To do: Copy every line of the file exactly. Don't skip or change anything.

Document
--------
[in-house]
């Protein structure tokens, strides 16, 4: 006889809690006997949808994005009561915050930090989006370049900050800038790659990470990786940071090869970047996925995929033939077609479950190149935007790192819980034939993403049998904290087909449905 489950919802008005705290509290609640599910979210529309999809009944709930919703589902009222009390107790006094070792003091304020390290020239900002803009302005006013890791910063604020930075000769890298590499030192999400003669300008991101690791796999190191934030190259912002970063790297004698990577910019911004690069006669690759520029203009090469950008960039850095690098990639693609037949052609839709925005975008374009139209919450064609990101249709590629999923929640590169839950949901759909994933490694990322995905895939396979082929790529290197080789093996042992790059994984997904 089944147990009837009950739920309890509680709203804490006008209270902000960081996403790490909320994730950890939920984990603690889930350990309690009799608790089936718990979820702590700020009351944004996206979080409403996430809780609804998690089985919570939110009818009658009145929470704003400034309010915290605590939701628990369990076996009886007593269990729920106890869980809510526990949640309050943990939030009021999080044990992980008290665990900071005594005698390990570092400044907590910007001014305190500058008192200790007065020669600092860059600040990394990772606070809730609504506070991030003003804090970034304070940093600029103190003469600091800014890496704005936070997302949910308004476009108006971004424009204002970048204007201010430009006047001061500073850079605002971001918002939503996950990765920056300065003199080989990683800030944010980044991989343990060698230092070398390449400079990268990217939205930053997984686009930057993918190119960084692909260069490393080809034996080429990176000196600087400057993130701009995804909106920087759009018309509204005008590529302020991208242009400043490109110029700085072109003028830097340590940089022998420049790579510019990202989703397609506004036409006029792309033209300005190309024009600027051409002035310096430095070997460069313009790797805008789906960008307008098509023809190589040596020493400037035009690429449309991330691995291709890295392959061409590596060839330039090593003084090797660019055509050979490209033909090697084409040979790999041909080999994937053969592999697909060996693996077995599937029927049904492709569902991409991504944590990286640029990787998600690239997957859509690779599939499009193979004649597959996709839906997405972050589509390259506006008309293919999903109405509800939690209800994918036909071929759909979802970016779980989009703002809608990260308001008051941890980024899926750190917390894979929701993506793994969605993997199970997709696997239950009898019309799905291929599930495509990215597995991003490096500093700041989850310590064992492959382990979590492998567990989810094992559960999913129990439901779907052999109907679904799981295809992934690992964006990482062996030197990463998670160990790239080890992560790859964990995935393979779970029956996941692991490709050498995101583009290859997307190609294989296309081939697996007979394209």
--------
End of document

[in-house]
């Protein structure tokens, strides 16, 4: 006889809690006997949808994005009561915050930090989006370049900050800038790659990470990786940071090869970047996925995929033939077609479950190149935007790192819980034939993403049998904290087909449905 489950919802008005705290509290609640599910979210529309999809009944709930919703589902009222009390107790006094070792003091304020390290020239900002803009302005006013890791910063604020930075000769890298590499030192999400003669300008991101690791796999190191934030190259912002970063790297004698990577910019911004690069006669690759520029203009090469950008960039850095690098990639693609037949052609839709925005975008374009139209919450064609990101249709590629999923929640590169839950949901759909994933490694990322995905895939396979082929790529290197080789093996042992790059994984997904 089944147990009837009950739920309890509680709203804490006008209270902000960081996403790490909320994730950890939920984990603690889930350990309690009799608790089936718990979820702590700020009351944004996206979080409403996430809780609804998690089985919570939110009818009658009145929470704003400034309010915290605590939701628990369990076996009886007593269990729920106890869980809510526990949640309050943990939030009021999080044990992980008290665990900071005594005698390990570092400044907590910007001014305190500058008192200790007065020669600092860059600040990394990772606070809730609504506070991030003003804090970034304070940093600029103190003469600091800014890496704005936070997302949910308004476009108006971004424009204002970048204007201010430009006047001061500073850079605002971001918002939503996950990765920056300065003199080989990683800030944010980044991989343990060698230092070398390449400079990268990217939205930053997984686009930057993918190119960084692909260069490393080809034996080429990176000196600087400057993130701009995804909106920087759009018309509204005008590529302020991208242009400043490109110029700085072109003028830097340590940089022998420049790579510019990202989703397609506004036409006029792309033209300005190309024009600027051409002035310096430095070997460069313009790797805008789906960008307008098509023809190589040596020493400037035009690429449309991330691995291709890295392959061409590596060839330039090593003084090797660019055509050979490209033909090697084409040979790999041909080999994937053969592999697909060996693996077995599937029927049904492709569902991409991504944590990286640029990787998600690239997957859509690779599939499009193979004649597959996709839906997405972050589509390259506006008309293919999903109405509800939690209800994918036909071929759909979802970016779980989009703002809608990260308001008051941890980024899926750190917390894979929701993506793994969605993997199970997709696997239950009898019309799905291929599930495509990215597995991003490096500093700041989850310590064992492959382990979590492998567990989810094992559960999913129990439901779907052999109907679904799981295809992934690992964006990482062996030197990463998670160990790239080890992560790859964990995935393979779970029956996941692991490709050498995101583009290859997307190609294989296309081939697996007979394209």